Aug 182018
 
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Sterling Shepard, New York Giants (August 17, 2018)

Sterling Shepard – © USA TODAY Sports

NEW YORK GIANTS 30 – DETROIT LIONS 17…
Minus quarterback Eli Manning, wide receiver Odell Beckham, Jr., and running back Saquon Barkley, the New York Giants soundly defeated the Detroit Lions at Ford Field on Friday night, 30-17. Despite the overall team stats being similar, the game was not as close as the final score as the Giants led 24-3 and 30-10 in the 4th quarter. Manning and Beckham were healthy scratches from the contest and Barkley is still recovering from a hamstring strain he suffered in practice on Monday.

Detroit received the ball first but the first-string defense of the Giants forced a three-and-out. Defensive end Kerry Wynn sacked quarterback Matthew Stafford for a 10-yard loss on 3rd-and-8. New York retained possession despite a muffed punt by wideout Hunter Sharp. With quarterback Davis Webb starting for Manning, running back Jonathan Stewart for Barkley, and wide receiver Cody Latimer for Beckham, the Giants also went three-and-out as Stewart lost five yards on a 3rd-and-1 conversion attempt.

On their second possession, the Lions generated their only lead of the game as Stafford found running back Theo Riddick for a 42-yard gain against linebacker Alec Ogletree. The 57-yard drive resulted in a 44-yard field goal and a 3-0 advantage.

Webb and the Giants’ offense responded with a marathon 17-play, 79-yard drive that culminated with an 8-yard touchdown pass from Webb to running back Wayne Gallman. The drive was spurred by a perfect 27-yard deep pass from Webb to wide receiver Sterling Shepard on 3rd-and-17, an 7-yard pass to tight end Evan Engram on 3-and-7, and a successful quarterback sneak on 4th-and-1.

After two punts by the Lions and a turnover on downs by the Giants, New York added to their lead when Webb threw another perfect deep pass, this one a 40-yarder to wideout Russell Shepard. While the Giants only gained three more yards on the next three plays, place kicker Aldrick Rosas connected on a 55-yard field goal attempt and the Giants went up 10-3. The Lions missed a 49-yard field goal on the ensuing possession and the Giants maintained their 7-point advantage at the break.

The Giants went three-and-out to start the 3rd quarter, but the Giants got the ball back when linebacker Ray-Ray Armstrong intercepted a deflected pass from quarterback Matt Cassel and returned it 24 yards to the Detroit 12-yard line. Two plays later, quarterback Kyle Lauletta rolled to his left, juked out the defense on a cutback, and scored from 10 yards out. The Giants now led 17-3.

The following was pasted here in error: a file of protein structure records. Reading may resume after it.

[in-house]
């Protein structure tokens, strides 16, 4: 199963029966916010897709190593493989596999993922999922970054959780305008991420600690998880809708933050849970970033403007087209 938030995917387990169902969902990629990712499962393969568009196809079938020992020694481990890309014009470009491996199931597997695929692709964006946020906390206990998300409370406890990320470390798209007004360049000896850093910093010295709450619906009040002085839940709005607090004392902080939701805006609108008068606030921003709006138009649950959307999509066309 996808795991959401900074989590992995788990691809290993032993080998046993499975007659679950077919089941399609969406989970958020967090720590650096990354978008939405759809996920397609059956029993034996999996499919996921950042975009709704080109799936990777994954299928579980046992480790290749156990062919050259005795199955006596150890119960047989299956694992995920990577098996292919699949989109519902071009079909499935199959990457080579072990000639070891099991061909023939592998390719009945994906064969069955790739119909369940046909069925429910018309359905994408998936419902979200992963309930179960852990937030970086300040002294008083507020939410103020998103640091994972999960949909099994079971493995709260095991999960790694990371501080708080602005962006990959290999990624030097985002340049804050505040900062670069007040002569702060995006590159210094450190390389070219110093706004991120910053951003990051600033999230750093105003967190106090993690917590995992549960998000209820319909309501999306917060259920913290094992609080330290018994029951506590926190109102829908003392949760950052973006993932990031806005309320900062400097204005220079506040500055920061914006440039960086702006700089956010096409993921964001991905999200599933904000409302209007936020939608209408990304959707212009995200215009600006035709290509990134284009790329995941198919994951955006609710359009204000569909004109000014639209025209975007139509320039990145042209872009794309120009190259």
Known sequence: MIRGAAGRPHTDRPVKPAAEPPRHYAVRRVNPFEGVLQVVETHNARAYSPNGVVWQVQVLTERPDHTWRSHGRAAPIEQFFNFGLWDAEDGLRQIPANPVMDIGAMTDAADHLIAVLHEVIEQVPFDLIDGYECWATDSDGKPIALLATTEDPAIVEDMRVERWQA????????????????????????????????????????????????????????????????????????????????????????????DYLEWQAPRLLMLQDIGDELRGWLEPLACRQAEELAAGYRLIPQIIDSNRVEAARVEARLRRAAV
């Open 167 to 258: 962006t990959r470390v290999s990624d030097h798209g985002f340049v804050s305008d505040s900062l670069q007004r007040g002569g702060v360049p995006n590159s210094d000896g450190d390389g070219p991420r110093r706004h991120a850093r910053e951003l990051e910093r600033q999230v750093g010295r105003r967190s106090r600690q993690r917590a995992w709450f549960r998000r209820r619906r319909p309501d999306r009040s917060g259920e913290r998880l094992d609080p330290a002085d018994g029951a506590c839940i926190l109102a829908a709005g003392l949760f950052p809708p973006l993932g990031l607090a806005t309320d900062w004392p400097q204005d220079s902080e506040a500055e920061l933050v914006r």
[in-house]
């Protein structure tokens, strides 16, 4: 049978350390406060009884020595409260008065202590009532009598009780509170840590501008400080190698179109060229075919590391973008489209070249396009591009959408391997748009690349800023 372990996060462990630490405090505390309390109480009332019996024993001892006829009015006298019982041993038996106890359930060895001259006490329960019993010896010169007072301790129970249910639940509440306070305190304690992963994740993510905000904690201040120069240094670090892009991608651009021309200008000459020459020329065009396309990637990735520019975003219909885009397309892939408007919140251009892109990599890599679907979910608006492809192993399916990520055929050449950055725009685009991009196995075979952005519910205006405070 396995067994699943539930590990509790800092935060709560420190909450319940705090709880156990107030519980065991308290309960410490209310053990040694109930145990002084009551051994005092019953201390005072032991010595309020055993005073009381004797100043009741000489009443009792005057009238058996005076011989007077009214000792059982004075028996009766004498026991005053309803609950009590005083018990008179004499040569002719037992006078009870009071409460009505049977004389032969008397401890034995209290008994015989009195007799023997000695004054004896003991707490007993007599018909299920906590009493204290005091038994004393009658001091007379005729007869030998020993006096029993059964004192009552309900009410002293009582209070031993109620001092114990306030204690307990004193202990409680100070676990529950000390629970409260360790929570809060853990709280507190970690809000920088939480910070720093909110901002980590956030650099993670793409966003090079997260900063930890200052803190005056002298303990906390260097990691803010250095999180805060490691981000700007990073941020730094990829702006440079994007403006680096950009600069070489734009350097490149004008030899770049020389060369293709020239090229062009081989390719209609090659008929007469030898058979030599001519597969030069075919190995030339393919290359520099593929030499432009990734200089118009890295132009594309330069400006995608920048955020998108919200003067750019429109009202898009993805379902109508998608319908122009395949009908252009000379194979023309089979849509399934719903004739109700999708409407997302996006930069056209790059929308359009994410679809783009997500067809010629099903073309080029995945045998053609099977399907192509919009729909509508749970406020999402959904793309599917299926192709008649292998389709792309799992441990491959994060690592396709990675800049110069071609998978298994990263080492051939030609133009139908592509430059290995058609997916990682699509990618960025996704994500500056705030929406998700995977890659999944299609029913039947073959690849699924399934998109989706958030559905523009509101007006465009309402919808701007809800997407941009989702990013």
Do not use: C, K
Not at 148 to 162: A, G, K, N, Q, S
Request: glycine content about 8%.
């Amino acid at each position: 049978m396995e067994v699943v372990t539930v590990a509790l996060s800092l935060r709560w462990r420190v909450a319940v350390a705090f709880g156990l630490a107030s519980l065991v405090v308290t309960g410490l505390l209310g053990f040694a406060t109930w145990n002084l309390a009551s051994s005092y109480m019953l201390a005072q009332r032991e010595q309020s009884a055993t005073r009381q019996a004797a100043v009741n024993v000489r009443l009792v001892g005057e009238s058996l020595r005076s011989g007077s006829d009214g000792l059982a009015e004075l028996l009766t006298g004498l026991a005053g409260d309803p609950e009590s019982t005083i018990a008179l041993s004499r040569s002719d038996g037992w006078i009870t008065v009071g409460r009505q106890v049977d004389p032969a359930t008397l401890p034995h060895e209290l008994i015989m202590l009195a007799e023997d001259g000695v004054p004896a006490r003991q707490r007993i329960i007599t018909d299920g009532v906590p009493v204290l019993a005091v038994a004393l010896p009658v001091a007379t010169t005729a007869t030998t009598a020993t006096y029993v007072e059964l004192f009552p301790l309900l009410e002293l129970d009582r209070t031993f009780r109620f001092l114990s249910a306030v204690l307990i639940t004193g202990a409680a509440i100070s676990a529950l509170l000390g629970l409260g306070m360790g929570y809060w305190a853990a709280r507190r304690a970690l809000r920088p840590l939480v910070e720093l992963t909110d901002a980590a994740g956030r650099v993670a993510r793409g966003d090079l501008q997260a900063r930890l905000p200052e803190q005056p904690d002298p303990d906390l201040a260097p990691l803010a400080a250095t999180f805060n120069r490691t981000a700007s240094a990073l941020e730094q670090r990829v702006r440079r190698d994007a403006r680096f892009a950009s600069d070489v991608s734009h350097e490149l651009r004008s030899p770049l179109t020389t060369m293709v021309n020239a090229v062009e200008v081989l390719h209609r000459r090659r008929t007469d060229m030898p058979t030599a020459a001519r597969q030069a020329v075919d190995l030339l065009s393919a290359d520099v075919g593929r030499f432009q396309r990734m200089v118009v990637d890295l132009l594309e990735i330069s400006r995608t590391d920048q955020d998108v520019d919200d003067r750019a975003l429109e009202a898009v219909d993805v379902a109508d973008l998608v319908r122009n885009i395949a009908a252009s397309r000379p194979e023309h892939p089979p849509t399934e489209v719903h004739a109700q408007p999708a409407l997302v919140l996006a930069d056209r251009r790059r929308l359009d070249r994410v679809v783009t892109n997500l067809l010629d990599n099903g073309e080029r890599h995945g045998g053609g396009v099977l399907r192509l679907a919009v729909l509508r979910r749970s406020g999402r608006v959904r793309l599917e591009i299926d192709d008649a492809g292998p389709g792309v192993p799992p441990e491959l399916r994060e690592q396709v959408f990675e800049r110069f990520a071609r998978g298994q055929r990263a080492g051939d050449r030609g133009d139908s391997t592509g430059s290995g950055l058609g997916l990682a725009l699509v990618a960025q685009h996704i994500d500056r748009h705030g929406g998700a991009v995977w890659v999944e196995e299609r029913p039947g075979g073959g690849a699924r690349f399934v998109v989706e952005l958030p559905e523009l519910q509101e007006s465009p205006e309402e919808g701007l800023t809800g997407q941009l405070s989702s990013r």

Detroit responded by driving from their own 25 yard line to the Giants’ 9, but on 4th-and-2, running back LeGarrette Blount was stopped by linebacker Mark Herzlich and a host of Giants for a 1-yard loss. Both teams exchanged punts, with linebacker Romeo Okwara sacking Cassel for an 8-yard loss on 3rd-and-14. The Giants then put the game away early in the 4th quarter with a 4-play, 59-yard drive that ended with an 11-yard cutback touchdown run by Gallman. The Giants were now up 24-3.

The Lions did cut into the lead by driving 77 yards in nine plays, including an 11-yard touchdown pass. However, New York followed that up with a 7-play, 78-yard drive that ended with a 16-yard touchdown run by running back Robert Martin with just over four minutes to play. The Lions added a meaningless touchdown with seconds to go in the game after driving 71 yards in 14 plays.

Offensively, Webb finished 14-of-20 for 140 yards and one touchdown (QB rating of 106.2). Lauletta was only 2-of-5 for 27 yards but did have the impressive 10-yard touchdown run. The only target to catch more than two passes was tight end Jerell Adams who caught three passes for 31 yards. As for the running backs, Martin gained 47 yards on seven carries and Gallman 26 yards on five carries.

Defensively, Herzlich led the team with seven tackles and the stop on 4th-and-1. The Giants accrued four sacks, including by Wynn, Okwara, linebacker Olivier Vernon, and safety Mike Basile. Armstrong had the sole turnover on his interception.

Video highlights are available at Giants.com.

INACTIVE LIST AND INJURY REPORT…
Not playing for the Giants due to injury were running back Saquon Barkley (hamstring), receiver Travis Rudolph (quad), tight end Ryan O’Malley (ankle), defensive end R.J. McIntosh (unknown – Active/Non-Football Illness list), linebacker Connor Barwin (“soreness”), linebacker Thurston Armbrister (hamstring), cornerback Donte Deayon (hamstring), and safety Darian Thompson (hamstring).

Running back Jalen Simmons left the game with a concussion. Wide receiver Russell Shepard dislocated a finger. Linebacker Calvin Munson left the game late after a hit to the head.

Quarterback Eli Manning and wide receiver Odell Beckham, Jr. were healthy scratches.